Why One Florida Couple Is Going to War Over Their Son's Circumcision


A 4-year-old Florida boy named Chase has found himself at the center of a national debate over circumcision. 

Chase is the subject of a legal fight between his estranged parents, who came to blows over whether to circumcise him. The case has become a focal point for "intactivists," or those who oppose circumcision.

Heather Hironimus, Chase's mother, falls in this camp. "To me, it's not worth it to put my son's life at risk for a cosmetic procedure," she said, according to the Associated Press. Dennis Nebus, Chase's father, called the practice a "normal thing to do." 

Though the courts have ruled in favor of Nebus, meaning the procedure will likely happen, protesters have taken up the child's case as if it were their own. "I couldn't speak when I was cut, but I can speak now," 39-year-old Thomas Frederiksen, sporting a T-shirt that read "I (Heart) My Foreskin," told the Associated Press.


The background: Hironimus and Nebus had a six-month relationship that led to the pregnancy, but they've been fighting over Chase's upbringing ever since. After proving his paternity in court, Nebus sued to retain partial custody, and the two sparred over his surname, his legal address and who he calls mommy or daddy, according to the Associated Press.

Though the two parents initially agreed to have their son circumcised, Hironimus later changed her mind after learning more about the process. The court battle dragged on, and Chase is now much older than most boys who get cut, a major sticking point for "intactivists."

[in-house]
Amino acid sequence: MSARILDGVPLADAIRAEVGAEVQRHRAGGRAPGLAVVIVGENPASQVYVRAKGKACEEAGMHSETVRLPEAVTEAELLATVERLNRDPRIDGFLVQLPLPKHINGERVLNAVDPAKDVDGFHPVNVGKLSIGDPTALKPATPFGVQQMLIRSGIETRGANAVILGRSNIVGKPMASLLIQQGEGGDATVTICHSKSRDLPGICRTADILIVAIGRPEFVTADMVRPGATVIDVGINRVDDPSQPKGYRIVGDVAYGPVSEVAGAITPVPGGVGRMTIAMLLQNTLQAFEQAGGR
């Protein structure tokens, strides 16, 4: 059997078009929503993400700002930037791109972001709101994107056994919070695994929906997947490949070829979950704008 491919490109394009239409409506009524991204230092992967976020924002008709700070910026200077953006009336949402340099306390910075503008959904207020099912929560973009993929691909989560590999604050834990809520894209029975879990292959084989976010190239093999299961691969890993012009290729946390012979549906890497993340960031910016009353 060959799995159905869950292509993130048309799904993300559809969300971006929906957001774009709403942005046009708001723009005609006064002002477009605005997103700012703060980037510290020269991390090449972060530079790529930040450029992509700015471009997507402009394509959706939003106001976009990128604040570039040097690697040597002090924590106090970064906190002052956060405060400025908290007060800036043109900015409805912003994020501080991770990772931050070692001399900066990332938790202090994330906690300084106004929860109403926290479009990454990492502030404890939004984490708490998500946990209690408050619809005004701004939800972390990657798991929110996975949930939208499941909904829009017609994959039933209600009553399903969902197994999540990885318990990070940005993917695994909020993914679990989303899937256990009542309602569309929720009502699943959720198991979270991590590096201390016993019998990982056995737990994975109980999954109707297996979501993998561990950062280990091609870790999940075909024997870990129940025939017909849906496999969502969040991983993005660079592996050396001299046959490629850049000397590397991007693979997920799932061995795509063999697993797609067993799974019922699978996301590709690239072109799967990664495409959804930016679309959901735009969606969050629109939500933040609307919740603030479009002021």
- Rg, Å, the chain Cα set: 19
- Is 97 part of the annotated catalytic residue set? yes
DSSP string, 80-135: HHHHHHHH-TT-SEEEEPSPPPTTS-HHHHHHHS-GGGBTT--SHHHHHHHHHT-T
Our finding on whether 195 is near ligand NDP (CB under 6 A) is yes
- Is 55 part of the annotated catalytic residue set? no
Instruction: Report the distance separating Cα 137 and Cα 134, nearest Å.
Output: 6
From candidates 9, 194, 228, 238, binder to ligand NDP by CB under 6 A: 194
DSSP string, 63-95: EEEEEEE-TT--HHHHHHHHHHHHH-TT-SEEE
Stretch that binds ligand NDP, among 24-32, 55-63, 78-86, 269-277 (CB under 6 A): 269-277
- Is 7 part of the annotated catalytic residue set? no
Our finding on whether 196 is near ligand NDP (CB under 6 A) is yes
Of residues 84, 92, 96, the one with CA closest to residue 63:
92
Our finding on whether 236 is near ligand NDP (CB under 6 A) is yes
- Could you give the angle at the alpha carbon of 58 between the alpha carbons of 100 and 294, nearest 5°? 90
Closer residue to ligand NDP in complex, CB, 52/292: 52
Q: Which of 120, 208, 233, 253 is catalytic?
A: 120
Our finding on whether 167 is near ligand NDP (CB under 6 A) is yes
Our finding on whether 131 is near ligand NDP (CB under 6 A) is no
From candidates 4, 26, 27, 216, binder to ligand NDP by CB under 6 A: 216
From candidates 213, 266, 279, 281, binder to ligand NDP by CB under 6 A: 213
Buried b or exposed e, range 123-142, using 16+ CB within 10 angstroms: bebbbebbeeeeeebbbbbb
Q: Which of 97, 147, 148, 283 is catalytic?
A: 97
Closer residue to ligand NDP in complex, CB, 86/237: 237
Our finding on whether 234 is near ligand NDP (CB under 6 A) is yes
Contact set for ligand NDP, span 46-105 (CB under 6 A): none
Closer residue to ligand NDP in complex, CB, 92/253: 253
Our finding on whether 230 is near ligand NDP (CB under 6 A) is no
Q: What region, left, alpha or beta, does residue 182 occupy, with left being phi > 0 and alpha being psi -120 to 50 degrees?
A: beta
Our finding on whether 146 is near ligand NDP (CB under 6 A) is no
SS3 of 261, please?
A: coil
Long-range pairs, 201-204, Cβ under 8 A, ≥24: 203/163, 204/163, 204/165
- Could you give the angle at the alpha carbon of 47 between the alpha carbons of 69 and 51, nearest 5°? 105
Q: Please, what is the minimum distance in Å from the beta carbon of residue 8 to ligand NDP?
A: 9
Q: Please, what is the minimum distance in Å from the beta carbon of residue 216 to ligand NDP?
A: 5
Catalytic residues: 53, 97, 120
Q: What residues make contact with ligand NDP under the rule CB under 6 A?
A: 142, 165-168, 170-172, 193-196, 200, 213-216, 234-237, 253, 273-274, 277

"People are not OK with a 4-year-old boy being circumcised — a conscious, articulate boy. That's just not OK," Jonathan Friedman, who organized a demonstration, told the Associated Press. "Not everyone is against circumcisions, but I think everyone is against a 4-year-old's circumcision."

What does the opposition say? Intactivists argue that circumcision isn't medically necessary, that it's excessively painful and that it takes a man's personal choice out of his own hands at a time when he can't speak for himself. Some advocate for later-in-life circumcision, when men are capable of making decisions for themselves.

They also point to the decline in the number of circumcisions performed in the United States every year. A 2013 study from the Centers for Disease Control and Prevention found that 58.3% of newborn boys were circumcised in 2010, which was down from 64.5% in 1979.


"They think it's just a little snip and it's not," Jennifer Blanchard, an intactivist, told the Associated Press. "It's a big deal."

But not everyone agrees. The CDC has touted the merits of the practice, though it hasn't explicitly recommended that parents have it. 

In a proposal released in December 2014, the country's health federal health agency said the procedure's benefits outweighed any possible risks, noting that it can lower the risk of sexually transmitted diseases, penile cancer and urinary tract infections. 

"The benefits of male circumcision have become more and more clear over the last 10 years," Aaron Tobian, a Johns Hopkins University researcher involved in studies that looked at the spread of HIV in Africa in relation to circumcision, told the Associated Press.

There are also myriad religious and cultural reasons for circumcision. Practitioners of Judaism and Islam have been performing circumcision for thousands of years, and it became something of a cultural norm in America in the last half of the 20th century.

However, the Associated Press reported that there was "no indication in the court documents the circumcision is being done for religious reasons." Though the Fourth District Court of Appeal did not overturn the lower court's ruling — which favored Nebus — Hironimus could still request a rehearing. 

In the end, no matter what the courts say, the issue is deeply complicated — no matter which way you slice it.